• Home
  • Advice
  • Brands
  • Partners
  • News
  • Reviews
  • Forum
  • New car ratings

Long-term test

Peugeot 3008 long-term test: Report #2

Is the Peugeot 3008 a case of style over substance and when do quirks become annoyances?

Can you remember the last Peugeot 3008? Probably not. It was one of the least memorable cars on sale, with its MPV looks, uninspiring cabin and limited engine range.

Fast forward to the second-generation 3008 that we have on our fleet and it’s easy to see just how much Peugeot has moved forwards in the past few years.

You may also like:

Particularly in our car’s GT-Line specification, the 3008 is incredibly stylish both inside and out. Diamond-cut alloys, LED headlights and lovely scrolling indicators (usually seen on more ‘premium’ cars) give the 3008 a terrific amount of road presence. Compared to some rather bleak-looking rivals, Peugeot needs to be applauded for not following the rest of the pack.

Move inside and you’ll find a fantastic modern-looking cabin with few buttons, a variety of high-quality materials and great I-Cockpit digital dials, which are customisable depending what you want on there – satnav, speedo, journey information and the list goes on. It’s certainly on par with the big German brands in terms of tech and quality.

This slideshow requires JavaScript.

So, where’s the but?

I can’t help but think the design is all rather over-the-top and a case of style over substance. Take, for example, the sloping roofline and high-positioned rear lights. It might look the part, but it results in poor visibility.

This might be acceptable on a Lamborghini, but on your run-of-the-mill diesel crossover, it’s irritating. Thankfully our model features a reversing camera to aid with this, but not all models benefit from this privilege.

Then there’s the interior. My biggest gripe is the small steering wheel. It’s nothing new as Peugeots for the past few years have featured this, but I just can’t get on with the layout. It’s meant to give you that ‘sports car feel’, but my experience is that it just results in needless shuffling when steering.

It also gets in the way of the dials and, in certain positions, blocks the speedo. You can move both the steering wheel and the seat to improve this, but I found that just left me sitting in an uncomfortable position, which is hardly ideal.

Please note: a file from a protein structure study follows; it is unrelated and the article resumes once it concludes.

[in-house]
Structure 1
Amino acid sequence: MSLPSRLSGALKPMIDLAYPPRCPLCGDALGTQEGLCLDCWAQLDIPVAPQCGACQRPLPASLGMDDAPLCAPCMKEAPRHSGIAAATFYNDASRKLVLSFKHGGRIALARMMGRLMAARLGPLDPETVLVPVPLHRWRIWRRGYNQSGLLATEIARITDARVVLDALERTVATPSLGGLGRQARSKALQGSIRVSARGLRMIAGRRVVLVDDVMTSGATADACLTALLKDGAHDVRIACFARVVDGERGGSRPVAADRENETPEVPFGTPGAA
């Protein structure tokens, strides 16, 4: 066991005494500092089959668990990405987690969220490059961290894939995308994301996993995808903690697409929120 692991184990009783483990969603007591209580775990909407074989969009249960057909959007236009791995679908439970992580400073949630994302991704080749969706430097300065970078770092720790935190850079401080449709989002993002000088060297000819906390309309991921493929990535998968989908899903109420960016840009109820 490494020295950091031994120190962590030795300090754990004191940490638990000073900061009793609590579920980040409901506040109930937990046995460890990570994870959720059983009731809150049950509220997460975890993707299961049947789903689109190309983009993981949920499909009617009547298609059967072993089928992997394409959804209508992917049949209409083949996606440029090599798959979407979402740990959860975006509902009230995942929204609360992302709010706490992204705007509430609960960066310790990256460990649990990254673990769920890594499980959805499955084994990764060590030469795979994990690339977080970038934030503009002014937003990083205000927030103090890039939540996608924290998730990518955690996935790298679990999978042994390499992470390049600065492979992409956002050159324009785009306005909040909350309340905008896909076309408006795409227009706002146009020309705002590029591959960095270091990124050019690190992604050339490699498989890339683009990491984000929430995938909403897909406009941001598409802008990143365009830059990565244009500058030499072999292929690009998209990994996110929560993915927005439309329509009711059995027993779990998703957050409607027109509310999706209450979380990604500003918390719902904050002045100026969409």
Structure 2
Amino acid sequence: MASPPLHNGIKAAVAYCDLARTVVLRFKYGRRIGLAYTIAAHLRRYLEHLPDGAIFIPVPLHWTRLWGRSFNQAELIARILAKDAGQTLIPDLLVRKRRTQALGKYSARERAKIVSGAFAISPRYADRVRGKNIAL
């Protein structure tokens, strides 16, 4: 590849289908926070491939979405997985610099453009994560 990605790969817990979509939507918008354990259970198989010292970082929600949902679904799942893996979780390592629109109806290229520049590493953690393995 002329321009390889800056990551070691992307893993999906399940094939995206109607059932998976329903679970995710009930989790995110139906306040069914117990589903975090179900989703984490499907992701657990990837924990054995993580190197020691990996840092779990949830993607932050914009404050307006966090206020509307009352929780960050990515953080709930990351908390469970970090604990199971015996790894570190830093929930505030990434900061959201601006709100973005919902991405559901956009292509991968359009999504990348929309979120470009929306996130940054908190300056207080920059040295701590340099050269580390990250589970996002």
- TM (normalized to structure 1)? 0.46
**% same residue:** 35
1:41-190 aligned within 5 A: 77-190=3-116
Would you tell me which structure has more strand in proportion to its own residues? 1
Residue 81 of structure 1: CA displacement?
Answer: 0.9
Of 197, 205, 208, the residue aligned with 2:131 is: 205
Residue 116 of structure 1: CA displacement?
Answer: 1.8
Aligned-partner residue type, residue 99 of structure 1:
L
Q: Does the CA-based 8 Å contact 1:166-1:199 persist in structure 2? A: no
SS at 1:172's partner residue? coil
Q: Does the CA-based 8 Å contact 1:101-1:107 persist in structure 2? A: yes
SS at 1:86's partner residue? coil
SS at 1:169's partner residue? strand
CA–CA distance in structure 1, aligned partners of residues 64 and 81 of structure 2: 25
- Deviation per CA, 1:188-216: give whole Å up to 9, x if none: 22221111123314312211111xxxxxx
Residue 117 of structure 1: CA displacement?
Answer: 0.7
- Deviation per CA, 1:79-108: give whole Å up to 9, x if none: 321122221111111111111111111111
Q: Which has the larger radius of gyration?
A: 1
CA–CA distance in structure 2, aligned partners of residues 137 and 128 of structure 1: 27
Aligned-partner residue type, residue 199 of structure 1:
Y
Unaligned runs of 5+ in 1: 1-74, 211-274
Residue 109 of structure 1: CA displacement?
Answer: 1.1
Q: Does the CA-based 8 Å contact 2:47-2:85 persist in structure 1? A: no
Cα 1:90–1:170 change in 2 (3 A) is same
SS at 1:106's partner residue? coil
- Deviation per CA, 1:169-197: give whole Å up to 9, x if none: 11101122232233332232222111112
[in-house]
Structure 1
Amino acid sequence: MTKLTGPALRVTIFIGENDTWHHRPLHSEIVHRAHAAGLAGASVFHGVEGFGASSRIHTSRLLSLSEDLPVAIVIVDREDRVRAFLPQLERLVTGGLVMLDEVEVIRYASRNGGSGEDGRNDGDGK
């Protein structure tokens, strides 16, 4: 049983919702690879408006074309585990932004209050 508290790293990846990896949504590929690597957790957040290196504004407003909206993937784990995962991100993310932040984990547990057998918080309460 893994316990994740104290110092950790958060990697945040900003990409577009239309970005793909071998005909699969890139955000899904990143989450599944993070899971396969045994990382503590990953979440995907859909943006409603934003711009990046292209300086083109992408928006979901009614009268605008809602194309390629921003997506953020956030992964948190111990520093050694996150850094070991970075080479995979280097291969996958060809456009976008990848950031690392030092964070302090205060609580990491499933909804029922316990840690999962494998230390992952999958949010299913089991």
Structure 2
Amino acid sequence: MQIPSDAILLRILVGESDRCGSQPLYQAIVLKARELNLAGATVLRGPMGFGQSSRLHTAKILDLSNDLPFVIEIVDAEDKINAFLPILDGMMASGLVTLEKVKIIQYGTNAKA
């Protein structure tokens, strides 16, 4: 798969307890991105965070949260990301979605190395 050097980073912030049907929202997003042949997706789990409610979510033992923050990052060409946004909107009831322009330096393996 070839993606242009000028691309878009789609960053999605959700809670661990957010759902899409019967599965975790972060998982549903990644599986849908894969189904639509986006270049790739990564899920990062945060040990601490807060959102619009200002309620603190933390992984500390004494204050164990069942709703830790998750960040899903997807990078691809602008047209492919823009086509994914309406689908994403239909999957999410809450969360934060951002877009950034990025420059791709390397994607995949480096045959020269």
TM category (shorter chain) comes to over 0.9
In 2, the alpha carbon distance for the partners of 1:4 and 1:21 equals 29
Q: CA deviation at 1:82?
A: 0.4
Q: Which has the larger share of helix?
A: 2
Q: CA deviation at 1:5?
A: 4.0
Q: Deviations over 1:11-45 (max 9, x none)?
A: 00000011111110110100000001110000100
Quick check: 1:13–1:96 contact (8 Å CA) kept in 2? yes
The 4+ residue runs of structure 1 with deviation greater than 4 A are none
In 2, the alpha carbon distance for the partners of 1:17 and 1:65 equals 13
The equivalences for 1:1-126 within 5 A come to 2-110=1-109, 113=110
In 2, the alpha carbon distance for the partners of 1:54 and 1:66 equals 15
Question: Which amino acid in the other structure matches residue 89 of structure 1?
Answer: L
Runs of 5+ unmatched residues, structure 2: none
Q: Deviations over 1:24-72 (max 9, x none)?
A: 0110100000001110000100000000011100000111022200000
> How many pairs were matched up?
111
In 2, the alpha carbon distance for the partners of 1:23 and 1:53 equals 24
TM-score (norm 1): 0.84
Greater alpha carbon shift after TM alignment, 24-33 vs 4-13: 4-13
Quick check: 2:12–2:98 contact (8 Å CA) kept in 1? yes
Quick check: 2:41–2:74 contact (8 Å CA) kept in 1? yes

My final gripe – at the risk of this sounding like a rant – regards the 3008’s driving assistance systems. It has plenty of them, such as autonomous emergency braking, lane-keep assist, blind-spot monitoring and more. While they can be very useful, some of them are extremely irritating – to the point I switched them off, which surely negates the point of it having it in the first place?

The lane-keep assist bings, bongs and steers if you’re anywhere in the lane that isn’t completely central. I get why it’s there, but it’s aggravating to the point where it interferes so much you have no option but to turn it off.

The blind-spot monitoring system can also be a bit temperamental. One day on the A3M, the blind-spot warning light remained on despite me having long overtaken the car that the system seemed infatuated with.

Having checked numerous times over my shoulder that there was definitely no other car there, I indicated and attempted to change lane – only for the car to block my move. It was very eerie and I’ve never seen a system so determined that it’s right. Unsurprisingly, I turned the system off as soon as it would let me escape from my lane and pull over a few hundred metres up the road.

But, really, I’m doing the Peugeot 3008 a disservice. These issues undoubtedly annoyed me, but it can’t stop you from enjoying the car’s excellent comfort, high-quality interior and the refined 1.6-litre diesel unit fitted to our test car.


Add in plenty of rear legroom, a decent-size boot, and it’s not much of a surprise to understand why you see so many 3008s on the road.

But would we sacrifice a few of Peugeot’s design touches and safety aids for a bit more practicality and user-friendliness? Undoubtedly.

Key specifications

Model: Peugeot 3008 GT-Line 1.5 BlueHDi 130
Price: £30,454 on-road
Engine: 1.5-litre four-cylinder diesel
Power: 130 hp
Torque: 300 Nm
Top speed: 119 mph
0-60mph: 10.6 seconds
Fuel economy: 67.4 mpg (combined cycle)
CO2 emissions: 109 g/km

Share on social media

Ted Welford
Ted Welford
Articles by Ted Welford are provided for The Car Expert by the Press Association. They include test drives of the latest new cars and features on various aspects of automotive life.


Please enter your comment!
Please enter your name here

More car reviews

Audi SQ2 test drive

The Audi SQ2 is a very capable car, with great performance and all the trimmings you expect. The only frustration is the easily-confused gearbox.

Toyota Camry test drive

As a car to get from one place to another without fuss, it’s hard to go wrong with the Toyota Camry. It's easy to drive, spacious enough and efficient.

Volkswagen T-Cross test drive

The little Volkswagen T-Cross looks like being another successful SUV for VW. It blends style and practicality into a package that’s perfect for the city.

BMW X7 test drive

The BMW X7 is a genuine Range Rover alternative that undercuts it just enough on price to be noteworthy while presenting a more engaging driving experience.

Mercedes-Benz CLA test drive

The Mercedes-Benz CLA is handsome, good to drive and packed with kit, but if you're after practicality you'd be better waiting for the estate version.

Skoda Scala test drive

The Skoda Scala is everything you'd expect. It’s good to look at, hugely practical and comfortable, yet the brand’s core principle of value remains.